The movie comes available with a Dolby Digital 5.1 TrueHD sound track, as well as Dolby Digital 5.1 racks in a variety of language. The audio presentation serves this Tim Burton extravaganza quite respectively with its uncompressed and stunningly cleanly separated presentation. Offering a good balance that easily handles everything from the bizarre Oompa Loompa musical numbers to dialogue tracks and sound effects, this sonic spectacle enhances the incredible visual experience.
In addition to the feature, this Blu-Ray Disc version of "Charlie and the Chocolate Factory" comes packed with some really neat special features, starting with the "In-Movie Experience" with director Tim Burton as he takes you through the creative process behind the production of the film, which is fun and informative and can be viewed simultaneously with the feature.
A full length audio commentary with director Tim Burton is definitely worth the time invested, as well as a great assortment of unique featurettes.
"Becoming Oompa-Loompa", a segment that introduces us to actor Deep Roy, the only true image of "Oompa Loompa" present in "Charlie and the Chocolate Factory". Focusing on the visual effects department, we learn just how one single performer was digitally mapped through CGI to produce several individual "Oompa Loompas" with the exact personal characteristics.
"Charlie and the Chocolate Factory: Chocolate Dreams" is a short behind-the-scenes feature focusing on the general production of the film. "Different Faces, Different Flavors" introduces us to the actors and their individual characters as portrayed in the film. "Designer Chocolate" delves into the production design of the fable-like town showcased in the film that features both American and British sensibilities. "Under the Wrapper" takes a look at the special visual effects used to bring Wonka's candy factory to life, while "Charlie and the Chocolate Factory: Sweet Sounds" introduces us to composer Danny Elfman and the score that he wrote and produced for the feature presentation.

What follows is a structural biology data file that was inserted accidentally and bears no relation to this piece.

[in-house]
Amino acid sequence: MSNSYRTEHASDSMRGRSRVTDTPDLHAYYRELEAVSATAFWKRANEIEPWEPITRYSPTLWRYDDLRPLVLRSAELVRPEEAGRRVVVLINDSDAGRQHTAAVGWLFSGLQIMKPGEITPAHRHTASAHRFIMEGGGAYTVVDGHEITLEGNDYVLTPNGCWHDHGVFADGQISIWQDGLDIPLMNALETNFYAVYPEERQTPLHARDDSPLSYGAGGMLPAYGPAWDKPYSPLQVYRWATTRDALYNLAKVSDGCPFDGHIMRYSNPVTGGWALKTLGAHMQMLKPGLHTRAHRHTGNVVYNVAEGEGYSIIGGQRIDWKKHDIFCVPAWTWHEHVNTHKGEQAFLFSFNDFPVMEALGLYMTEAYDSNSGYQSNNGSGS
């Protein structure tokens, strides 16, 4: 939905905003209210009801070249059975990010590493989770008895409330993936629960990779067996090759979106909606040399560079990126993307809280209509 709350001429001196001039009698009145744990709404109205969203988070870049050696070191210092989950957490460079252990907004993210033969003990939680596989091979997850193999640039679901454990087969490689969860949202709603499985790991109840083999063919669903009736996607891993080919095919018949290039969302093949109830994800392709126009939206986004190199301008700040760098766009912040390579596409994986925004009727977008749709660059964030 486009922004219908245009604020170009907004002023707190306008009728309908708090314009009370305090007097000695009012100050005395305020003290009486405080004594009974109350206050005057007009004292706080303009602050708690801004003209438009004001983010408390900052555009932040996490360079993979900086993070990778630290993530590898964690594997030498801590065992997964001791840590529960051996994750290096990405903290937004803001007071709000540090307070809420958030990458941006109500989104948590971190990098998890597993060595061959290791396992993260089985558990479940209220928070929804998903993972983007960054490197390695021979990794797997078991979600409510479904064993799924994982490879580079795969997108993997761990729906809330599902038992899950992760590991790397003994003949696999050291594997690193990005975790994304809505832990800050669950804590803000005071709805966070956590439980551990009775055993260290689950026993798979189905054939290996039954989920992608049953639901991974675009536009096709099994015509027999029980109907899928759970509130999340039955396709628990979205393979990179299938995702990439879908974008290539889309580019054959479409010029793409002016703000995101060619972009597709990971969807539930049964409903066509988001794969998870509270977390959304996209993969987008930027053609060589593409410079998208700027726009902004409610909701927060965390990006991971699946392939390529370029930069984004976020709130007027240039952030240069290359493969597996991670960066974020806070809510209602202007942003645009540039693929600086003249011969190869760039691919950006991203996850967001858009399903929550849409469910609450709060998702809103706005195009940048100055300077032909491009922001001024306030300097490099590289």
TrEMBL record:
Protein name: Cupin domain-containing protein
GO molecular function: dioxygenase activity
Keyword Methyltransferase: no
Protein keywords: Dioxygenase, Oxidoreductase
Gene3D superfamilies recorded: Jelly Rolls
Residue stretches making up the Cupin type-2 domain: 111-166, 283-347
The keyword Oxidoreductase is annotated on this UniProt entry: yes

"Attack of the Squirrels" is a completely priceless featurette showcasing the training of actual real-life squirrels for use in the "nut shelling" scene found in "Charlie and the Chocolate Factory". If you love all things cute and cuddly, this one is not to be missed!
"The Fantastic Mr. Dahl" takes a short glimpse into the life of the author of "Charlie and the Chocolate Factory". Two more visual effects segments titled "Pre-Vis of Augustus Gloop" and "Pre-Vis of Mike Teavee" along with a theatrical trailer and brief music video-style "Club Reel" complete the nice assortment of special features found on the HD DVD of "Charlie and the Chocolate Factory".
Slightly quirky at times, including the rather cartoon-like CGI used during the opening title sequence, "Charlie and the Chocolate Factory" still managed to outperform any preconceived notions I may have had. I have yet to be disappointed by the multi-talented and always entertaining Johnny Depp. With his larger than life super-white teeth and hilariously sinister, yet ultra-witty dialogue, Depp delivers another awesome performance that truly shines on this Blu-Ray Disc!